The last year of remote working has changed the ways our offices operate. Many people have found themselves commuting less, snacking more, or making do with makeshift desks on dining room tables. And as offices contemplate returning to in-person work, for many people remote work will remain the status quo—in fact, in a recent study about half of the respondents said they would prefer at least some work from home days, while 1 in 3 prefer to stay remote indefinitely.
When it comes to supporting employee health and wellbeing, how can you encourage healthy habits in a remote workplace? In my role at Wellsource as Human Resources Generalist, responsible for developing and promoting our health and wellness program, I’ve certainly noticed challenges to encouraging employees to lead healthy lives from afar. It’s harder when you can’t just stop by someone’s desk to ask if they want to take a quick walk.
But in the last year, I’ve also noticed many of my coworkers finding new ways to make working from home work for them. So I decided to ask their advice directly: What health and wellness lessons have you learned in a year working remotely?
Here’s what the Wellsource team said.
Set up a dedicated workspace
One of the biggest points that the Wellsource team agrees on is that having a dedicated workspace is crucial. Even if that space is the same seat at the kitchen table every day, going to your Official Work Area will feel much more productive than working from the couch or your bed.
Additionally, have a way to signal to others in your home when you’re in full-work mode and when you’re able to be interrupted (a closed door, a pair of noise-canceling headphones, etc.). This will help you to stay “in the zone” as you work.
Take advantage of home cooking
We were pleasantly surprised to see that a lot of the team used lockdown time to level up their kitchen skills. One of the biggest takeaways is that takeaway food is less of a temptation. No commute means no impromptu stops at fast-food places.
Another benefit of that little-to-no commute time means more time to spend being intentional in the kitchen. Meal planning and cooking more nutritious, filling meals is a great way to make better food choices overall, which can help fuel your mind and body through the workday and beyond.
Get up and move
When we reached out to the Wellsource team, we heard some feedback that it could be a struggle to remember to get up and move. When you’re in the office it’s totally normal to take a lunch break, chat in a break room for a few minutes, or take a quick walk to clear your head. When you work from home, there are fewer cues to pause work. As a result, many people realized that their movement throughout the day was taking a dive.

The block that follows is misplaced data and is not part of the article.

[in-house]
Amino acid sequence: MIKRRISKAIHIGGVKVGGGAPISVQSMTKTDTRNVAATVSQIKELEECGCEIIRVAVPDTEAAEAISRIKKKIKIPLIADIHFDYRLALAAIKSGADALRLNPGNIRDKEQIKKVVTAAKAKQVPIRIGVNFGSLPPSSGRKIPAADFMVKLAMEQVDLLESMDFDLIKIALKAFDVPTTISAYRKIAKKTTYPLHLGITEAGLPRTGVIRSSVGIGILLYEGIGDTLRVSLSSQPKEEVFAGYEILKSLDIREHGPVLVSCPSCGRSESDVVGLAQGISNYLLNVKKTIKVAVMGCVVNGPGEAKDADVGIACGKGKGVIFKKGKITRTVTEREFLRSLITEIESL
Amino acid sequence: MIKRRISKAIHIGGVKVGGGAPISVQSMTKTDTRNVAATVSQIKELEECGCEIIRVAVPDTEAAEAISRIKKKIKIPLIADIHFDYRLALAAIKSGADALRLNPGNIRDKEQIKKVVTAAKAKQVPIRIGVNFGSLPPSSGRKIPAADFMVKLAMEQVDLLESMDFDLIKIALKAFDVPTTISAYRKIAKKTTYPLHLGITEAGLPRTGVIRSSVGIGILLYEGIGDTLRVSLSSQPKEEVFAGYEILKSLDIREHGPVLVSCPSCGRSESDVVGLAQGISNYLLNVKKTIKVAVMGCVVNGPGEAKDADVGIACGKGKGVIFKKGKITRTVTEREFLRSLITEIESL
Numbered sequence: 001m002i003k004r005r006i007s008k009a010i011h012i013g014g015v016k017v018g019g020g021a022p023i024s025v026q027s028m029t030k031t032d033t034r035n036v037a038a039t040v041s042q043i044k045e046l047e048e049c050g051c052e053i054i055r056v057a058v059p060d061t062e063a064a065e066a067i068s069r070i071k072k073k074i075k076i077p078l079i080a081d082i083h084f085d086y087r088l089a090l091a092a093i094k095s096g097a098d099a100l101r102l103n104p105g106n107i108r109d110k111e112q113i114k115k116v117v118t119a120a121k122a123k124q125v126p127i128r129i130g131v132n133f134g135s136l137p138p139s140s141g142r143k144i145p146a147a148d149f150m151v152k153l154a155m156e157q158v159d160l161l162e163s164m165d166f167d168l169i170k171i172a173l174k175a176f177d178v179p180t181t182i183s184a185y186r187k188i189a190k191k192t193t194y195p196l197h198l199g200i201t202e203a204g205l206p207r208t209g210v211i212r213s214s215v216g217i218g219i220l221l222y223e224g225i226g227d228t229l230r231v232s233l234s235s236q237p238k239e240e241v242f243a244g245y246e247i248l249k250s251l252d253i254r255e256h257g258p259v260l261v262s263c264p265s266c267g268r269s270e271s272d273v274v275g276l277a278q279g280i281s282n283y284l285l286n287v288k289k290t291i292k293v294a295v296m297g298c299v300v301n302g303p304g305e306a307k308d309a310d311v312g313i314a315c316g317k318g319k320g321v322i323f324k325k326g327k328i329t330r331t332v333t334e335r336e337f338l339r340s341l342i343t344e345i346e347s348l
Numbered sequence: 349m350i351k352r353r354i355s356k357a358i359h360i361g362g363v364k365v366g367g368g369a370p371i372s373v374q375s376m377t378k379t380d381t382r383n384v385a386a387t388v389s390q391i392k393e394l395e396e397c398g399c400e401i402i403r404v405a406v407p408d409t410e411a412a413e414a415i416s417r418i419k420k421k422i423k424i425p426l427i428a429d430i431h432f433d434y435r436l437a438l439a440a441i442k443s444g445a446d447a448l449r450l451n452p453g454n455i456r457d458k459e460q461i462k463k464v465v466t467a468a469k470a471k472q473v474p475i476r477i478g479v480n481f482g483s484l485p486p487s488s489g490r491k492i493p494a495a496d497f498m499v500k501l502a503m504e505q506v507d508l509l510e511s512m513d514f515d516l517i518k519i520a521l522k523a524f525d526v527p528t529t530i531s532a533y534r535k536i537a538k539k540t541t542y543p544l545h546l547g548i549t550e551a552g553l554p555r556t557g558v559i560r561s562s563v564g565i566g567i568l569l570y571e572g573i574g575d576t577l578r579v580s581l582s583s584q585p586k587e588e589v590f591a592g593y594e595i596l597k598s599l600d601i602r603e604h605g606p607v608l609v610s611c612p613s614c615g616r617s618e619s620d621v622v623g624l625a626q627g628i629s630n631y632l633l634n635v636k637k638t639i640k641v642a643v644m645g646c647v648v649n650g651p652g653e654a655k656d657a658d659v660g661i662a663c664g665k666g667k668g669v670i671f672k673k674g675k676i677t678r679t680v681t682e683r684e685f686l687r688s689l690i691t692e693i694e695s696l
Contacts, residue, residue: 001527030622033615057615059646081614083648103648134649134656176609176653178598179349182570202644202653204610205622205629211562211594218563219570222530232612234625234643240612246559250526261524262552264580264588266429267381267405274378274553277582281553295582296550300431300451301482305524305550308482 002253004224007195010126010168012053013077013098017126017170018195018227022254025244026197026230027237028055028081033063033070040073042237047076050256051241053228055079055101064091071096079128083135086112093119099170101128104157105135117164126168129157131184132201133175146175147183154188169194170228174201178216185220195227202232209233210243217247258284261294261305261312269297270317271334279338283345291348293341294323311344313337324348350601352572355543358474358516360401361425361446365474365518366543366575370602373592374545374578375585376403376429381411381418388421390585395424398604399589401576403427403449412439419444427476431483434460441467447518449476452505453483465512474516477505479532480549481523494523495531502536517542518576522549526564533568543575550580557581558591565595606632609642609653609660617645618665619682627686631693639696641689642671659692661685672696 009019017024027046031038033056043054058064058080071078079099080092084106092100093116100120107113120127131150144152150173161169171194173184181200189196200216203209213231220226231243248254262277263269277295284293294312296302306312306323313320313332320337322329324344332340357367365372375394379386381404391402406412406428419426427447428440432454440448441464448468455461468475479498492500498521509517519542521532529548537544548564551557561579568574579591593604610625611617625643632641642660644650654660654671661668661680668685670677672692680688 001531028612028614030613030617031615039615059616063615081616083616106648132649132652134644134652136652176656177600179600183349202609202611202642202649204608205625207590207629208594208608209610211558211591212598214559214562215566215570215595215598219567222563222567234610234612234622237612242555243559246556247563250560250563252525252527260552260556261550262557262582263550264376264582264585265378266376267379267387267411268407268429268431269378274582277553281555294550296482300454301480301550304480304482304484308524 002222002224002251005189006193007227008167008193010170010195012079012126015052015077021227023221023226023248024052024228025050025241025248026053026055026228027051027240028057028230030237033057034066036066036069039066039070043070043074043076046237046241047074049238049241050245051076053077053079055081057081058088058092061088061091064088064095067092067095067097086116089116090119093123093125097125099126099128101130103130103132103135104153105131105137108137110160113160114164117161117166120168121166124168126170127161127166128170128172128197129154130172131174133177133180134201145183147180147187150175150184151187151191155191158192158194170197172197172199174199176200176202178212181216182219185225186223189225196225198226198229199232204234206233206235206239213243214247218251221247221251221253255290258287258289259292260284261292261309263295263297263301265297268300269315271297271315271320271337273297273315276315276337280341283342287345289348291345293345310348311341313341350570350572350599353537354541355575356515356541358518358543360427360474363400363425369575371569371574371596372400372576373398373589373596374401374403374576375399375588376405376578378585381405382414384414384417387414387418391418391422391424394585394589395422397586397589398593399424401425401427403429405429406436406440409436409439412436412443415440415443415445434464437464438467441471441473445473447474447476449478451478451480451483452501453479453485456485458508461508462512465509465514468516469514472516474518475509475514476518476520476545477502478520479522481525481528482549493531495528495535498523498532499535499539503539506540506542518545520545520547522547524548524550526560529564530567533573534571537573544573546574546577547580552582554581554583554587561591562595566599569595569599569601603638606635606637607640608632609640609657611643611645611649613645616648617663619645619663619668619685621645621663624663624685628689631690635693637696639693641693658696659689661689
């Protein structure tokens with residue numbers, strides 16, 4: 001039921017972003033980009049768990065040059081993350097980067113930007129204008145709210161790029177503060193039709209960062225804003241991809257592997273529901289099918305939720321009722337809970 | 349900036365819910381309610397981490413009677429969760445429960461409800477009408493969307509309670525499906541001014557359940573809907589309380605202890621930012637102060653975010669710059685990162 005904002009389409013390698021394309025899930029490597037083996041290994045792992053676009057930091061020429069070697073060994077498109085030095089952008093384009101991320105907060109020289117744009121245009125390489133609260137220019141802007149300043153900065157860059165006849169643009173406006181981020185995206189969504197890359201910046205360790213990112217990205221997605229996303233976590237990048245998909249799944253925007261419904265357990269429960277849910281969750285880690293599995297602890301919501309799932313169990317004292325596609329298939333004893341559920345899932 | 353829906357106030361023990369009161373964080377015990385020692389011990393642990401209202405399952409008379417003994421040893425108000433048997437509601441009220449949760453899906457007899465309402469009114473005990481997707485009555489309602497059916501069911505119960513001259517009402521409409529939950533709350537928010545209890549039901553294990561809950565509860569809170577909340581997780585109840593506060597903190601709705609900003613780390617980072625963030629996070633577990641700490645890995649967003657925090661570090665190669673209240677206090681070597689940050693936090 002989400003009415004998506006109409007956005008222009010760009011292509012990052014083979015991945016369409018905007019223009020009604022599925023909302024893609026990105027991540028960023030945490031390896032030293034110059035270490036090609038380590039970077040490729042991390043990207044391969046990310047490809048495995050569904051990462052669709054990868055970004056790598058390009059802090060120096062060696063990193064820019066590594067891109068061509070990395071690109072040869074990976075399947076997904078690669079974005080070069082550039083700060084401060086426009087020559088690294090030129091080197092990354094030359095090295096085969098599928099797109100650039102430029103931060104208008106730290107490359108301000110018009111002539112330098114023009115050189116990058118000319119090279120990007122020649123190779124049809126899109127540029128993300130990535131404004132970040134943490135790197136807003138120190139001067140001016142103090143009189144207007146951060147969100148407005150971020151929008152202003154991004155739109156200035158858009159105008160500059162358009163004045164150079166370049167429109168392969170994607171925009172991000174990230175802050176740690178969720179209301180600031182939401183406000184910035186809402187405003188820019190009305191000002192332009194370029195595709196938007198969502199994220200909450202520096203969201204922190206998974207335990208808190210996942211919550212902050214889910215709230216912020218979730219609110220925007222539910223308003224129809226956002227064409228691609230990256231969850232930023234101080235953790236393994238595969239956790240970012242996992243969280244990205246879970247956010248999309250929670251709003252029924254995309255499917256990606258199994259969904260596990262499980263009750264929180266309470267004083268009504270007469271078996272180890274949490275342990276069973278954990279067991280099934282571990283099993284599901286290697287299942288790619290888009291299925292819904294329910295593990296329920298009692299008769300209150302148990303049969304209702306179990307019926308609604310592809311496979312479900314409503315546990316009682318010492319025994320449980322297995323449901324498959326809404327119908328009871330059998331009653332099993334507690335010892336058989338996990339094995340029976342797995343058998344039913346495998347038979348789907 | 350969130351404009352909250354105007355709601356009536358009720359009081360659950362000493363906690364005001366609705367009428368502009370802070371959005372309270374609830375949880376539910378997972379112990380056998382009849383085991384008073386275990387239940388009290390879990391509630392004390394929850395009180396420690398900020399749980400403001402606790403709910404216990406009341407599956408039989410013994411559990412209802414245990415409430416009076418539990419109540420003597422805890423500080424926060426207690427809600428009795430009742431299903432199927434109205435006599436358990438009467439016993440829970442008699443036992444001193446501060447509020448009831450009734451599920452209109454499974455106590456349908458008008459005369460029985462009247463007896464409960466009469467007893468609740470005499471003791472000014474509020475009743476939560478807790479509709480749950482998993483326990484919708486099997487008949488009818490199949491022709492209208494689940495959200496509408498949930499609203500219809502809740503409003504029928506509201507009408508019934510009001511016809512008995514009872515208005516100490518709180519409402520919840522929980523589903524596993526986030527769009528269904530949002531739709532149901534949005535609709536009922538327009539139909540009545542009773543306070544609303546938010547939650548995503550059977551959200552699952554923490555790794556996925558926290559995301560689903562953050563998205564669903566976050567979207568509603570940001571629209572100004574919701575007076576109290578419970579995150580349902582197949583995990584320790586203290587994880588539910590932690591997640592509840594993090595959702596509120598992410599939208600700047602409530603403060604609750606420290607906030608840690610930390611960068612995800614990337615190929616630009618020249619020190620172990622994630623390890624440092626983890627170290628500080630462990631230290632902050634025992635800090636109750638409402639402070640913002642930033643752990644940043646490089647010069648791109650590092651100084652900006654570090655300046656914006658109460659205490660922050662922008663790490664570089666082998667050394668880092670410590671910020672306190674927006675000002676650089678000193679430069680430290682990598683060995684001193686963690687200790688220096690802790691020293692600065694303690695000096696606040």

To combat that, try to make sure you’re still getting up and moving—eat lunch away from your desk, go for a walk down the street if you need some fresh air, or just set up a recurring time to remind yourself to get up and stretch every so often to keep your blood flowing.
Invest in your mental health
One of the most difficult parts of quarantine for people around the world has been being “trapped” in the same environment 24/7. Balancing your personal and professional life can be tricky at the best of times—but having them completely merge for months on end can be exhausting and stressful for everyone. Our team reported that being able to cut yourself—and your housemates—a break was super important to retain a sense of calm.
If it’s been said once, it’s been said a million times: these are extraordinary times. Trying to act as if everything is normal will just add a level of stress that you don’t need.
How will your teams adjust to remote—or in-person—work in 2021 and beyond?
2020 was a year that demanded workplaces reinvent themselves in fundamental ways. As we navigate the next phase of remote work, I’m proud of Wellsource employees for the ways they've used the last year to step up their pursuit of our company’s number one value: optimal health. We’ve found new ways to live healthier lives and support one another. I’m honored to work with such a dedicated, compassionate, selfless group of people.
Are you looking for new ideas to engage employees and boost your corporate wellness program? Here's a place to start—30 low-cost ideas to encourage wellness.